A conditional ceasefire is not sufficient – The EU must call for an unconditional, immediate and permanent ceasefire

On January 18, the European Parliament approved its first resolution in relation to the war on Gaza calling for a permanent  ceasefire. Since the start of the conflict, both Palestinian and international civil society have been urging for an urgent ceasefire.

This request comes amid a mounting toll of casualties and escalating devastation in Gaza. The conditional resolution from the European Parliament comes late, as the Israeli war against Palestinians has been taking place for over 100 days, with 24.000 Gazans dead and over 60.000 wounded.  

The legislative branch of the EU came short of calling for an immediate ceasefire, withholding its call to the immediate release of the Israeli hostages currently held in the Gaza strip and, even more concerning, to the dismantling of Hamas.  

This conditionality comes in light of the forced displacement of 85% of Gaza population, the evidence of war crimes being committed and, the ongoing case in the International Court of Justice claiming acts of genocide being committed against the Gazan population by Israel.  Nevertheless, despite the gravity of the situation, the EU was incapable of calling for an immediate, permanent and unconditional ceasefire. Conditioning the ceasefire to the dismantling of Hamas is, in effect, giving a green light to the ongoing war. Although Israeli authorities claim the total elimination of Hamas as their objective, the more than a hundred-day long massacre of Gazans proves otherwise.  By establishing this condition, the European Parliament appears to legitimize Israel’s express reasoning for the violence it has unleashed and continues to do so over Gaza, killing hundreds of civilians every day. The actual intent of the Israeli government has also been put into question under South Africa’s Preliminary measures to the International Court of Justice, where the applicant has pointed out credible claims of intent to commit genocide by the Israeli government against the Gaza population. As an example of this potential intent, one in every 20 Gazans has been killed, injured or has gone missing since the start of the bombings.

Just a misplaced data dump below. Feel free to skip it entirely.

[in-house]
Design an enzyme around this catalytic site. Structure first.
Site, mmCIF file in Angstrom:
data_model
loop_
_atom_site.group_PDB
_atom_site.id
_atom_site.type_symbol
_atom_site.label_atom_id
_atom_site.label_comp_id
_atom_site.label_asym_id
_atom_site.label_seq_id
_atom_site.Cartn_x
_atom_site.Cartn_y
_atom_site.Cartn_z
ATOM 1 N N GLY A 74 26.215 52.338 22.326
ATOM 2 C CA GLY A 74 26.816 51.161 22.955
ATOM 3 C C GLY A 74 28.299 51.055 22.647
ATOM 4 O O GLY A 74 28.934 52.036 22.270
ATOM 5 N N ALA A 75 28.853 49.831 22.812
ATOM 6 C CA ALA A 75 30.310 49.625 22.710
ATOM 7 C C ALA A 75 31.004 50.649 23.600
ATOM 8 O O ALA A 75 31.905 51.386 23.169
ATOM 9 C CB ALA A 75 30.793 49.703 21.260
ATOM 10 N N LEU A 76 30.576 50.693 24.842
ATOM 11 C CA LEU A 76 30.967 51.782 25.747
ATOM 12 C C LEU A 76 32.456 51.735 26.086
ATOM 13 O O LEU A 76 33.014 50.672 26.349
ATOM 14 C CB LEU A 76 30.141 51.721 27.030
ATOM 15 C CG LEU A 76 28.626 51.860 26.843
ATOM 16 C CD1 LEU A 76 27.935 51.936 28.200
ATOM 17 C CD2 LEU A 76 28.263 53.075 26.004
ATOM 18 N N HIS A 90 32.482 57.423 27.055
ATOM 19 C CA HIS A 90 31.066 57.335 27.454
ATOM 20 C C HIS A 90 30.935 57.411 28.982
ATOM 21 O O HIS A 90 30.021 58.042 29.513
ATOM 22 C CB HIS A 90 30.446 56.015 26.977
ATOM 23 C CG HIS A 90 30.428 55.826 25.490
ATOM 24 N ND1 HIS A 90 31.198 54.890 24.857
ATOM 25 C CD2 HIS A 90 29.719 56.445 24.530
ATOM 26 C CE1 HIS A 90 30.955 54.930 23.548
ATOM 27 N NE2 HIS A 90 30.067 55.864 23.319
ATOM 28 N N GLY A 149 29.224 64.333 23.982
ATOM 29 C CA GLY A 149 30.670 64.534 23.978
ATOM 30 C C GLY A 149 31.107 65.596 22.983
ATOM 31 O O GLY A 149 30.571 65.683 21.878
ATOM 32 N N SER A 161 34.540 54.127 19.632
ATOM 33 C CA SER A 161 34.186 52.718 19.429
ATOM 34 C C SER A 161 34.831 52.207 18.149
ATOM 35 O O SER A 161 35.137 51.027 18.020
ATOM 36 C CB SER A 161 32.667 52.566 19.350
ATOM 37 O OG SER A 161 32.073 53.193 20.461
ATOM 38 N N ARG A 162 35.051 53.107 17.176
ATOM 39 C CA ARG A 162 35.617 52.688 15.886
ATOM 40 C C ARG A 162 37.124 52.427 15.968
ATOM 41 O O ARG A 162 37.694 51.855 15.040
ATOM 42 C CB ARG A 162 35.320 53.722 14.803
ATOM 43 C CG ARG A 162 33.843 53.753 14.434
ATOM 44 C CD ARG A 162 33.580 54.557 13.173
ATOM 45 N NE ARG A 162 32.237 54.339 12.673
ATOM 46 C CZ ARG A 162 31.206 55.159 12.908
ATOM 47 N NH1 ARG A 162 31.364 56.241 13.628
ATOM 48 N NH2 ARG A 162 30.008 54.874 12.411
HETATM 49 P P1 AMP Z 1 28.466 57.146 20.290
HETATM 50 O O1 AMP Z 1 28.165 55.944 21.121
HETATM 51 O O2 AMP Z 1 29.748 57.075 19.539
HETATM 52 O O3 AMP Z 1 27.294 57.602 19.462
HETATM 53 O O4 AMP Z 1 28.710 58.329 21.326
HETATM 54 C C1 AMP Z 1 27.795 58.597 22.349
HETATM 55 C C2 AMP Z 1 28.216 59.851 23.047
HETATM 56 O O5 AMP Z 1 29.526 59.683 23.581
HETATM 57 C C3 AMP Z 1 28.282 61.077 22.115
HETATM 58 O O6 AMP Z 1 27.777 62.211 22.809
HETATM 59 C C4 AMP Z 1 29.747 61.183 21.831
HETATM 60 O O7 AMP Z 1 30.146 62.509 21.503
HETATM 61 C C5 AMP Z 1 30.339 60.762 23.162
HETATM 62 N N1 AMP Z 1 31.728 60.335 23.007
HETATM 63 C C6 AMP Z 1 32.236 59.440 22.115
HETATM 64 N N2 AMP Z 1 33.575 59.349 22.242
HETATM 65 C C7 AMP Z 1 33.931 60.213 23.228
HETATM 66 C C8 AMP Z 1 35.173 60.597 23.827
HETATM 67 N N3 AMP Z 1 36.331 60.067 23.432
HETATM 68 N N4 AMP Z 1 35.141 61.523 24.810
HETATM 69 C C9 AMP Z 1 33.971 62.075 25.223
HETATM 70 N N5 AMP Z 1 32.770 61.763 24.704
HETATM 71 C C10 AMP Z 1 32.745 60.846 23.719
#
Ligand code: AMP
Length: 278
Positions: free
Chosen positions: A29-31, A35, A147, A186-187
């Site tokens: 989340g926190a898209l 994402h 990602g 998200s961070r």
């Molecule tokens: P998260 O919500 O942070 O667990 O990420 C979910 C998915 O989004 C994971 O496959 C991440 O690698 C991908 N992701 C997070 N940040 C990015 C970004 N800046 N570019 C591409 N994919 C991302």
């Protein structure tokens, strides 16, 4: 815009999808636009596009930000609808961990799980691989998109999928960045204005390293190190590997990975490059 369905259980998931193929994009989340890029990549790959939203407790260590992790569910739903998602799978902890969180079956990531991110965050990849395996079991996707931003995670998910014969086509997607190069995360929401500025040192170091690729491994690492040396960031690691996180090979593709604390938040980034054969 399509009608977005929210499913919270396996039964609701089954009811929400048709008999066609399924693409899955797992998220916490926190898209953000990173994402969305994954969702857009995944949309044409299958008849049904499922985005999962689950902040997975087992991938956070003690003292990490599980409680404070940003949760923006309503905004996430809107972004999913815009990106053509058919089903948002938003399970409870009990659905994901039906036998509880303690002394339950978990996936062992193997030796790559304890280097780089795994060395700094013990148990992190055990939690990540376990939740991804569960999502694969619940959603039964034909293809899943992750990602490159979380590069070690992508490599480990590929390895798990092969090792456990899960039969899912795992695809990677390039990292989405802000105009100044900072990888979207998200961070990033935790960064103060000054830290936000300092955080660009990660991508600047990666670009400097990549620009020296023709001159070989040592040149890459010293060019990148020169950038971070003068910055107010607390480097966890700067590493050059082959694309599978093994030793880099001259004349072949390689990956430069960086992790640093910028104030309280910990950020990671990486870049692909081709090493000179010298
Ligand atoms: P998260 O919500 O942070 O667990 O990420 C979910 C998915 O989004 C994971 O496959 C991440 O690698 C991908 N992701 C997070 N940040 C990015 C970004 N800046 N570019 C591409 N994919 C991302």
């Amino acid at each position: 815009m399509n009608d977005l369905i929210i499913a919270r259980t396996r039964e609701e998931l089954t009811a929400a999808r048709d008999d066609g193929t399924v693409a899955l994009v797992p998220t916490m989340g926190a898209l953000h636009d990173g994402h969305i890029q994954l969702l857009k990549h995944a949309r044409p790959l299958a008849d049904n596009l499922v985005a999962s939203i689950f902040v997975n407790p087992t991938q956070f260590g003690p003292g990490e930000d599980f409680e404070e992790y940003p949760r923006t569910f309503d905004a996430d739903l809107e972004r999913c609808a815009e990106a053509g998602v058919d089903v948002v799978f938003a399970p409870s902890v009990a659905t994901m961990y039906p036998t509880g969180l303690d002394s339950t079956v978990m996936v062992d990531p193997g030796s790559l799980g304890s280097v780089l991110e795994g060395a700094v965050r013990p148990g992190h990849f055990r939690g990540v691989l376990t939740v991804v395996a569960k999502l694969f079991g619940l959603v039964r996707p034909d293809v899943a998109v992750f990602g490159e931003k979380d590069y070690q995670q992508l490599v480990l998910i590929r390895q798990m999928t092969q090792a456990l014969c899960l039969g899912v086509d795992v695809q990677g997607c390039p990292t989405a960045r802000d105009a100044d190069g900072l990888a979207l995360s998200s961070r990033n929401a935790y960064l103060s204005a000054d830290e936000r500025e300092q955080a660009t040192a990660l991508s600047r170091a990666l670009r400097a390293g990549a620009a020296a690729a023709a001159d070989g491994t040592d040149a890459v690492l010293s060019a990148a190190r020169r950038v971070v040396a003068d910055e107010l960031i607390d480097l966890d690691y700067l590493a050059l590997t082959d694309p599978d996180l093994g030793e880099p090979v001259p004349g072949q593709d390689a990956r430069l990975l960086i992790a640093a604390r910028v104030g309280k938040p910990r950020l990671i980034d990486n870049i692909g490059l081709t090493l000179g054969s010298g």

Furthermore, a call for conditioning the ceasefire to the release of hostages, although an apparently humanitarian call, only puts said hostages in greater danger. Since the beginning of the war, the Israeli army has already killed three hostages after misidentifying them as threats. Other hostages have been claimed to be killed following Israeli bombardments, and such a possibility is not to be disregarded considering the massive bombardments in civilian areas taking place since the beginning of the war.  

In conclusion, the EU Parliament’s conditional call fails to de-escalate the conflict in all its flanks by pursuing the release of hostages through diplomatic means and ensuring the end of civilian casualties and the ongoing attacks against Gaza. Considering the credible claims of war crimes, forced displacement and ethnic cleansing taking place, we urge the European Parliament to call for an immediate, permanent and unconditional ceasefire, the only way forward if a human rights-based solution in the region wants to be achieved.